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18 Proposed regulations have not been formally adopted and are not binding on this Court. Proposed regulations are tantamount to a position advanced by respondent on brief. F.W. Wool-worth Co. v. Commissioner, 54 T.C. 1233, 1265-1266 (1970).

19 On at least five occasions, respondent has indicated that the subsequent franchisee may amortize the full purchase price paid to the original franchisee even when that price exceeded the amount paid for the franchise by the original franchisee. See Priv. Ltr. Rul. 87-43-014 (July 24, 1987); Priv. Ltr. Rul. 87-39-054 (July 1, 1987); Priv. Ltr. Rul. 87-36-047 (June 10, 1987); Tech. Adv. Mem. 87-28-010 (Apr. 3, 1987); Tech. Adv. Mem. 86-30-002 (Jan. 27, 1986). In these rulings and memoranda, the original franchisee did not make an initial payment for the rights granted under the franchise. Nevertheless, respondent indicated that the subsequent franchisee could amortize the full amount paid for the franchise rights. Although private letter rulings are not precedent, sec. 6110(j)(3), they "do reveal the interpretation put upon the statute by the agency charged with the responsibility of administering the revenue laws." Hanover Bank v. Commissioner, 369 U.S. 672, 686 (1962); see Rowan Cos. v. United States, 452 U.S. 247, 259 (1981); Estate of Cristofani v. Commissioner, 97 T.C. 74, 84 n.5 (1991); Estate of Jalkut v. Commissioner, 96 T.C. 675 (1991); Woods Investment Co. v. Commissioner, 85 T.C. 274, 281 n.15 (1985); see also Hall v. Commissioner, T.C. Memo. 1991-133.

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Respondent argues that in addition to the franchise, petitioners acquired other nonamortizable intangible assets, such as goodwill, and that a large portion of the purchase price of each restaurant should be allocated to those intangibles. Except for a relatively small allocation to going-concern value, respondent makes no attempt to assign a value to any specific nonamortizable intangible asset.

One of the principal intangible assets likely to be found when ownership of an operating business is transferred is goodwill. Goodwill represents the expectancy that "old customers will resort to the old place" of business. Houston Chronicle Publishing Co. v. United States, 481 F.2d 1240, 1247 (5th Cir. 1973); see also VGS Corp. v. Commissioner, 68 T.C. 563, 590 (1977). The essence of goodwill is a preexisting business relationship founded upon a continuous course of dealing that can be expected to continue indefinitely. Computing & Software, Inc. v. Commissioner, 64 T.C. 223, 233 (1975). Goodwill is characterized as "the expectancy of continued patronage, for whatever reason." Boe v. Commissioner, 307 F.2d 339, 343 (9th Cir. 1962), affg. 35 T.C. 720 (1961); see Philip Morris, Inc. v. Commissioner, 96 T.C. 606, 634 (1991), affd. 970 F.2d 897 (2d Cir. 1992).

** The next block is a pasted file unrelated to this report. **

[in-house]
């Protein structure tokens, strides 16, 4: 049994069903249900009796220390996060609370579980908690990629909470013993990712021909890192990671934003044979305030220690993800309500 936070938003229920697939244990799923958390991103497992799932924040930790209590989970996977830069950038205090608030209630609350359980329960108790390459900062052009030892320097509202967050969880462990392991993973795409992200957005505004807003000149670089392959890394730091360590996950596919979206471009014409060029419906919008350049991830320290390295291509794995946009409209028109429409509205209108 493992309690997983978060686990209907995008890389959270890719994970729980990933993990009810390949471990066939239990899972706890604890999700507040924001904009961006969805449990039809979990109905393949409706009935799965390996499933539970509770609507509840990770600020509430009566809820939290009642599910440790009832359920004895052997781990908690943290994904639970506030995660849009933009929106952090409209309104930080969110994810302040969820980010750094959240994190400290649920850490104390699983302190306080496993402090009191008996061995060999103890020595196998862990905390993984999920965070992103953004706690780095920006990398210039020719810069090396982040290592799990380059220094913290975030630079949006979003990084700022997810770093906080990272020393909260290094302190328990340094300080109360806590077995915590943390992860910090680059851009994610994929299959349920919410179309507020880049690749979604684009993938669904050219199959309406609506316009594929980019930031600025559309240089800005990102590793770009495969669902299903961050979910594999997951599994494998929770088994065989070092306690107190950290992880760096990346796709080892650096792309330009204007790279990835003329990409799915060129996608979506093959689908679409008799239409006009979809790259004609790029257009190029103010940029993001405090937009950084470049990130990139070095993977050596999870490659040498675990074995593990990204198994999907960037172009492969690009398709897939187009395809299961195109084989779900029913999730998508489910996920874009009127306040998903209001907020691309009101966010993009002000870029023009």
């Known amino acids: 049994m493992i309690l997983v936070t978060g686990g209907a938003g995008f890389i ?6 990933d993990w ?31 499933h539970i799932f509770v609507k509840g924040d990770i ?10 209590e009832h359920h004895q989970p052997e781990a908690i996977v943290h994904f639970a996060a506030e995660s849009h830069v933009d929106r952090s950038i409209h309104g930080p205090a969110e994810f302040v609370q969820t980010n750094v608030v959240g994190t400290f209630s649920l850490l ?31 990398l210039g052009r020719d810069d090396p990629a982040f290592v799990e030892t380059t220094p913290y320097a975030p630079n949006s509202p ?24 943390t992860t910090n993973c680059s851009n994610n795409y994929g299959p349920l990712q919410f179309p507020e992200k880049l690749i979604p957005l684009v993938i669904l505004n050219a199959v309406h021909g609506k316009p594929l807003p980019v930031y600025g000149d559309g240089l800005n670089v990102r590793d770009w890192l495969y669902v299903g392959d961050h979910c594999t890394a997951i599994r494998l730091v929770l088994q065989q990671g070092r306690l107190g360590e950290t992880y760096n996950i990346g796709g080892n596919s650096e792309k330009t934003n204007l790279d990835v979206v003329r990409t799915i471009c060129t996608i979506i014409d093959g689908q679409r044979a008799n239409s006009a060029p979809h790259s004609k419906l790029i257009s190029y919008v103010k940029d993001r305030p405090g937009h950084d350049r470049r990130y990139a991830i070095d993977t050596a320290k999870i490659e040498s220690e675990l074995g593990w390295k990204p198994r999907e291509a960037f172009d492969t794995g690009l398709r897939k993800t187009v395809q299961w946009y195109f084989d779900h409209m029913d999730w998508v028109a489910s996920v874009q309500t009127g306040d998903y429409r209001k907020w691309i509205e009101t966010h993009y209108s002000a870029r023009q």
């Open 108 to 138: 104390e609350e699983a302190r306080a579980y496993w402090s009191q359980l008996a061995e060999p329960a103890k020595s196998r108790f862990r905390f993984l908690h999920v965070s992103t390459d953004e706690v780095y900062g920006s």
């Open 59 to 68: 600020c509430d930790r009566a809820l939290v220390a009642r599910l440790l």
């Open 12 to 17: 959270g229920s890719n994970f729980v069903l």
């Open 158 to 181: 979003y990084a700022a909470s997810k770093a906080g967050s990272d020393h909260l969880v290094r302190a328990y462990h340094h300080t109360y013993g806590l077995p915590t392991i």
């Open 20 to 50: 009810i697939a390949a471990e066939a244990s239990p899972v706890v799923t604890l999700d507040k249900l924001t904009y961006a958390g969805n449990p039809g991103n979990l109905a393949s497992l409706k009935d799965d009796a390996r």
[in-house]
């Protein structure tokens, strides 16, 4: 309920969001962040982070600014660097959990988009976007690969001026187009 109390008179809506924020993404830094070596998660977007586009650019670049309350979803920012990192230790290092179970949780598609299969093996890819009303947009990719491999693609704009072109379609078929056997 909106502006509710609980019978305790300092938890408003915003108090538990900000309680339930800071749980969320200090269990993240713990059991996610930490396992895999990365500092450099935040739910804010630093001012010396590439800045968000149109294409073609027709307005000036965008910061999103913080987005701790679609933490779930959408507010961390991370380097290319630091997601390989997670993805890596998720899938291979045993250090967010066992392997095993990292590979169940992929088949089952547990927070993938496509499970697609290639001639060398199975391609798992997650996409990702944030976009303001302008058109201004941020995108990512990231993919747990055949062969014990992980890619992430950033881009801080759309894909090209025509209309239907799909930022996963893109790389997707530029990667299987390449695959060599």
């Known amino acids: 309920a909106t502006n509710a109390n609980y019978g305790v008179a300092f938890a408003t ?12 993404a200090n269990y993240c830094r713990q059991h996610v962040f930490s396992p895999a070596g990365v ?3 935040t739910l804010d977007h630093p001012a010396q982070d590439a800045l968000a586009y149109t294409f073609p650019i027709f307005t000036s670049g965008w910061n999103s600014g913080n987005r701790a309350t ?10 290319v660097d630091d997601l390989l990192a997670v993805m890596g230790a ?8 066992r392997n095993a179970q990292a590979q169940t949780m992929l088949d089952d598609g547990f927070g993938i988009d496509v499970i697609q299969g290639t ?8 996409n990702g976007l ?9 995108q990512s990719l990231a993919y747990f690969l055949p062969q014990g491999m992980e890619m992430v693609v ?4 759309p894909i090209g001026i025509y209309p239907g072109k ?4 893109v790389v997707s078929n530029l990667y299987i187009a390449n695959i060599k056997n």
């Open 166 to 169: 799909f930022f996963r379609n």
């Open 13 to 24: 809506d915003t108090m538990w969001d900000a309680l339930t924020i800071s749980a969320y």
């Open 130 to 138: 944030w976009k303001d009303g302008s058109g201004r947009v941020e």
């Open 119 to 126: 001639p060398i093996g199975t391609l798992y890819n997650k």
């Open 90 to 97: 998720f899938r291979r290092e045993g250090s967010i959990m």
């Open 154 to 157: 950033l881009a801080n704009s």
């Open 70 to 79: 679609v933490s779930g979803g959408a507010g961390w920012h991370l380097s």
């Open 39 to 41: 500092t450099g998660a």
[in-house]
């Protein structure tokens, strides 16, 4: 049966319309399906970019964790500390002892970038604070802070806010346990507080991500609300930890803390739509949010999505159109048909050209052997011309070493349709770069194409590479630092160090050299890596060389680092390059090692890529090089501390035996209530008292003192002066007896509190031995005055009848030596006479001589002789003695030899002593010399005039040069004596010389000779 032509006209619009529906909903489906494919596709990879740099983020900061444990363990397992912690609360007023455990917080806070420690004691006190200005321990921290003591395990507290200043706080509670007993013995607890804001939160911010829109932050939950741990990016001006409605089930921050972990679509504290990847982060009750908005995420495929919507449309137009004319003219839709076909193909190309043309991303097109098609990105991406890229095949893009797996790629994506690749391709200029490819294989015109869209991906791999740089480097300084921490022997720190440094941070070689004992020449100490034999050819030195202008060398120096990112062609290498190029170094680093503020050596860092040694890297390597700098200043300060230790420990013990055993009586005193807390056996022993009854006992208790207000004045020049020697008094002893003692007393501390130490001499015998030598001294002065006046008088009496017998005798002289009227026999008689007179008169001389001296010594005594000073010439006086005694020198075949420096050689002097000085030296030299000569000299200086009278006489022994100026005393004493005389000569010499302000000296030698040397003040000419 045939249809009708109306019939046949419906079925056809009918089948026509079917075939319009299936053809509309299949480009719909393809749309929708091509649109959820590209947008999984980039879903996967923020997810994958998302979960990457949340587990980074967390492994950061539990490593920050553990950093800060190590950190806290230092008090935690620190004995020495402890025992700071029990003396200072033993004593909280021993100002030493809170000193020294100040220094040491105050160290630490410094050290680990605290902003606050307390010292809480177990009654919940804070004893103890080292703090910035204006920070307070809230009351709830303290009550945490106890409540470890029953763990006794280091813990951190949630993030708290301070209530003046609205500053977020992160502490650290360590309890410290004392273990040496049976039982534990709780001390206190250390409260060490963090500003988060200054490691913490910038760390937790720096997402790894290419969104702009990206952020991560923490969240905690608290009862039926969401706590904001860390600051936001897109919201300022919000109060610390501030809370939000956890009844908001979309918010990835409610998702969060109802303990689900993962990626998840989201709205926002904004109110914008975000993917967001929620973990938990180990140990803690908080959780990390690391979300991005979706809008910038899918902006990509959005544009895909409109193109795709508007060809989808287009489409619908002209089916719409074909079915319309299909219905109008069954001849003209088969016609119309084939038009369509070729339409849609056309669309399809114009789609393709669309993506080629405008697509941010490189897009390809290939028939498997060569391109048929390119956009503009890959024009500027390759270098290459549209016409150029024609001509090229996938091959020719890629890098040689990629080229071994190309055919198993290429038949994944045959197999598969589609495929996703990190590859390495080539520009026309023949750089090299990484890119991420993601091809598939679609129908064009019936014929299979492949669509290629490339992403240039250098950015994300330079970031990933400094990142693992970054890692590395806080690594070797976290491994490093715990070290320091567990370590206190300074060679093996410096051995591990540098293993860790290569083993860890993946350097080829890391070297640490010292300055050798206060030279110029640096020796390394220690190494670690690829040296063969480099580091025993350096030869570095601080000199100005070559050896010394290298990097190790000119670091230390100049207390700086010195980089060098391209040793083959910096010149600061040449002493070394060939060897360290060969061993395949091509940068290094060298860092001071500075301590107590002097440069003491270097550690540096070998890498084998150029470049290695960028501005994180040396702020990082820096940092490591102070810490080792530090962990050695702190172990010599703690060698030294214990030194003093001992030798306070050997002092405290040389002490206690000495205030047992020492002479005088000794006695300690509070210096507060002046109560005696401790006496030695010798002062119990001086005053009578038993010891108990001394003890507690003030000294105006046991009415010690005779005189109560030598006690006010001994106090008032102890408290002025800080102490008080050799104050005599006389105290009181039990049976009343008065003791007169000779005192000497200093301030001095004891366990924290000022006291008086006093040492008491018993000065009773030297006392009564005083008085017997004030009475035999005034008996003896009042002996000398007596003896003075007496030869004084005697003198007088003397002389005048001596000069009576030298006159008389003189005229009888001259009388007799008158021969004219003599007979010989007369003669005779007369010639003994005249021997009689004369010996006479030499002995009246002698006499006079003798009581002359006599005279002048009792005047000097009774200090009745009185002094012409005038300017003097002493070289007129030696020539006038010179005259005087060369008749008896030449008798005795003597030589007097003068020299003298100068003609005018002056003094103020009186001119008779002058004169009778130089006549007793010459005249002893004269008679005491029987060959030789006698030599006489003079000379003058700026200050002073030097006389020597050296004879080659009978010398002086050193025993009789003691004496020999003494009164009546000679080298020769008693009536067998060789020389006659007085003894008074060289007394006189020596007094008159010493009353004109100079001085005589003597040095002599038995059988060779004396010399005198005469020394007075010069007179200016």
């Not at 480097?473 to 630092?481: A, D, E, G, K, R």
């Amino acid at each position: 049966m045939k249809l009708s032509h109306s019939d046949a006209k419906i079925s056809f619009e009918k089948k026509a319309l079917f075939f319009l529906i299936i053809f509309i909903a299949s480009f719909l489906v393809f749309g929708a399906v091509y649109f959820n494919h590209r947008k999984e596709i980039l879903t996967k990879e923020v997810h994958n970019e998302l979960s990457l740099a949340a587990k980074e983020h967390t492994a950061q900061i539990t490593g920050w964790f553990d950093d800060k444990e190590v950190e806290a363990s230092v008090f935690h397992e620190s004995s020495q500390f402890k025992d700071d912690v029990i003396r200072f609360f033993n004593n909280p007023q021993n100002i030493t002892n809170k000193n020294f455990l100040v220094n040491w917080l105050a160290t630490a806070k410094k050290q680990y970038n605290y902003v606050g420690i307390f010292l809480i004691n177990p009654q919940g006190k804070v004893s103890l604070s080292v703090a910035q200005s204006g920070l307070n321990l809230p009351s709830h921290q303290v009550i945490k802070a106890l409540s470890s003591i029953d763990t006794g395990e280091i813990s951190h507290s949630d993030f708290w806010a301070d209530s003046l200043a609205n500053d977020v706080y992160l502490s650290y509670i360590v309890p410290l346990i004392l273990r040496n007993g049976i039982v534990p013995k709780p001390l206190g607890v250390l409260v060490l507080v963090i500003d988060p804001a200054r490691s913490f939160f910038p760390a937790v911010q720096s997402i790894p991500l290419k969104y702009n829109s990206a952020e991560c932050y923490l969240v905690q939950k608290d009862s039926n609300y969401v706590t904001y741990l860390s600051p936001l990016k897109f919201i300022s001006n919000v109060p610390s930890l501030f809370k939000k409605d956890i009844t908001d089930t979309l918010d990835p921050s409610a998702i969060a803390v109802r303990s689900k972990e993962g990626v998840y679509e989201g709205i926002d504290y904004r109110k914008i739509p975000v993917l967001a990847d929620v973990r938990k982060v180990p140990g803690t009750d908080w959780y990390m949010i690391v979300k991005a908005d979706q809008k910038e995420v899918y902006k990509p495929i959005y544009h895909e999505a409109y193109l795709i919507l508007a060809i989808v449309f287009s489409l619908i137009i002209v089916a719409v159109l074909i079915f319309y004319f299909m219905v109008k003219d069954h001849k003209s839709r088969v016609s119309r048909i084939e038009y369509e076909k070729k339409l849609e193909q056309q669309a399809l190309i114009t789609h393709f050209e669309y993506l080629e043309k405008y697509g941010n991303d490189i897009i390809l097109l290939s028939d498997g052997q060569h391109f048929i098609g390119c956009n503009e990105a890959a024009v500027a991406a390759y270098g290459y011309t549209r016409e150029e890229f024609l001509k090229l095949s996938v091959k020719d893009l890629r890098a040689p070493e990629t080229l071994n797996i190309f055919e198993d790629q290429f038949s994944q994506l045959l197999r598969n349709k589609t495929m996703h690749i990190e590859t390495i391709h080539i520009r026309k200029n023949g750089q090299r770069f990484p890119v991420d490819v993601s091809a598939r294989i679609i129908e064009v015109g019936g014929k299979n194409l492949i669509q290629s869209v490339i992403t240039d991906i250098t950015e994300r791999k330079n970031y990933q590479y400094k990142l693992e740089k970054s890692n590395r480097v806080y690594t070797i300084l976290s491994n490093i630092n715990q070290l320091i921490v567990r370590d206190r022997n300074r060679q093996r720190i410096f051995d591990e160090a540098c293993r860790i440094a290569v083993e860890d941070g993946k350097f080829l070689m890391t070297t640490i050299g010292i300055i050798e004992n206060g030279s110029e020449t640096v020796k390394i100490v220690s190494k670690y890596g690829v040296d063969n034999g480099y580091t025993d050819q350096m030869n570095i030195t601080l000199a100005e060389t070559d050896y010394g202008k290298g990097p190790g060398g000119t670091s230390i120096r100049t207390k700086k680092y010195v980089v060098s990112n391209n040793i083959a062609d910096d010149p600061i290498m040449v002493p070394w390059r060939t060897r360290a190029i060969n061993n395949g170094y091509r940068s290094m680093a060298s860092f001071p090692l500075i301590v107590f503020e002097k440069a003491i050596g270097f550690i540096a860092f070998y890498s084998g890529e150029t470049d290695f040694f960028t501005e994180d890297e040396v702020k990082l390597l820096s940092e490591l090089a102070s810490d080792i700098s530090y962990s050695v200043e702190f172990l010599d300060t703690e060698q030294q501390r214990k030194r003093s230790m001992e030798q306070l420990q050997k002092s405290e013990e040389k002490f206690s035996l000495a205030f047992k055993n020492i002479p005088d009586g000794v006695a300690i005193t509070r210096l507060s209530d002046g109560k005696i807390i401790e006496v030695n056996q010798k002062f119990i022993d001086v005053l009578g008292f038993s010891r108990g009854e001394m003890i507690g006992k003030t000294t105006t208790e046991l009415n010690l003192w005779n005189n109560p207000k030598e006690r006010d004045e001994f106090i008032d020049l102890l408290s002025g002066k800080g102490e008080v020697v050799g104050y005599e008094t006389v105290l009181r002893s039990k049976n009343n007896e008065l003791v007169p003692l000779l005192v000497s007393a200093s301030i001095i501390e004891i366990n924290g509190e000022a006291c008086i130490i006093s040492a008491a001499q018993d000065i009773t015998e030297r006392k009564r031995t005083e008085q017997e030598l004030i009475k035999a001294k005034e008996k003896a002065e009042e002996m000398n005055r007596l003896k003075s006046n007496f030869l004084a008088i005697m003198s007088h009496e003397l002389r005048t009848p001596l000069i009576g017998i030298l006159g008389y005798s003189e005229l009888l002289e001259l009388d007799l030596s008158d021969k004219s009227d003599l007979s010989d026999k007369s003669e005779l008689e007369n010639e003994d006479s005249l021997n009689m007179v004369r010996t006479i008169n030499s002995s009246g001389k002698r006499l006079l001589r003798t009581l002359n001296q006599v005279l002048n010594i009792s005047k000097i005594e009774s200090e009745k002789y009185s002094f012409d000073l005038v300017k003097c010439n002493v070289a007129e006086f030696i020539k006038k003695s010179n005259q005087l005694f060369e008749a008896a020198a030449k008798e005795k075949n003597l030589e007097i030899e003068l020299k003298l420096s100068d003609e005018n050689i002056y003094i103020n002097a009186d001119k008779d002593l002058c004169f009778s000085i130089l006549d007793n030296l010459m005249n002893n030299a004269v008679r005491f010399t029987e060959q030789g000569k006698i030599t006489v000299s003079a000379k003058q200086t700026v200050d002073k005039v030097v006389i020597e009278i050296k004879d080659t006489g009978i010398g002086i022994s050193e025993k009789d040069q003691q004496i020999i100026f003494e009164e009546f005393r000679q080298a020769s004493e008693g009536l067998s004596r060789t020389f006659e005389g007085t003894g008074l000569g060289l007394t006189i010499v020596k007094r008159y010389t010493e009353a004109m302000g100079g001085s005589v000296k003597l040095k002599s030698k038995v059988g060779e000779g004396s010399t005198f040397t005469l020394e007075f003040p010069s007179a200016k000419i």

A McDonald's franchise encompasses attributes that have traditionally been viewed as nonamortizable goodwill. However, to the extent that these attributes are embodied in the McDonald's franchise, trademarks, and trade name, their cost is amortizable under the explicit provisions of section 1253(d)(2)(A). On the other hand, if petitioners acquired intangible assets, such as goodwill, which were not encompassed by or otherwise attributable to the franchise, then a portion of the purchase price should be allocated to such assets.

A McDonald's franchise includes the rights to occupy and operate a McDonald's restaurant at a specific location owned or controlled by McDonald's, to utilize all attributes of the McDonald's system, including the trade name, trademarks, and other identifying features which belong to McDonald's, and to receive ongoing advice and support from McDonald's with regard to the McDonald's restaurant business.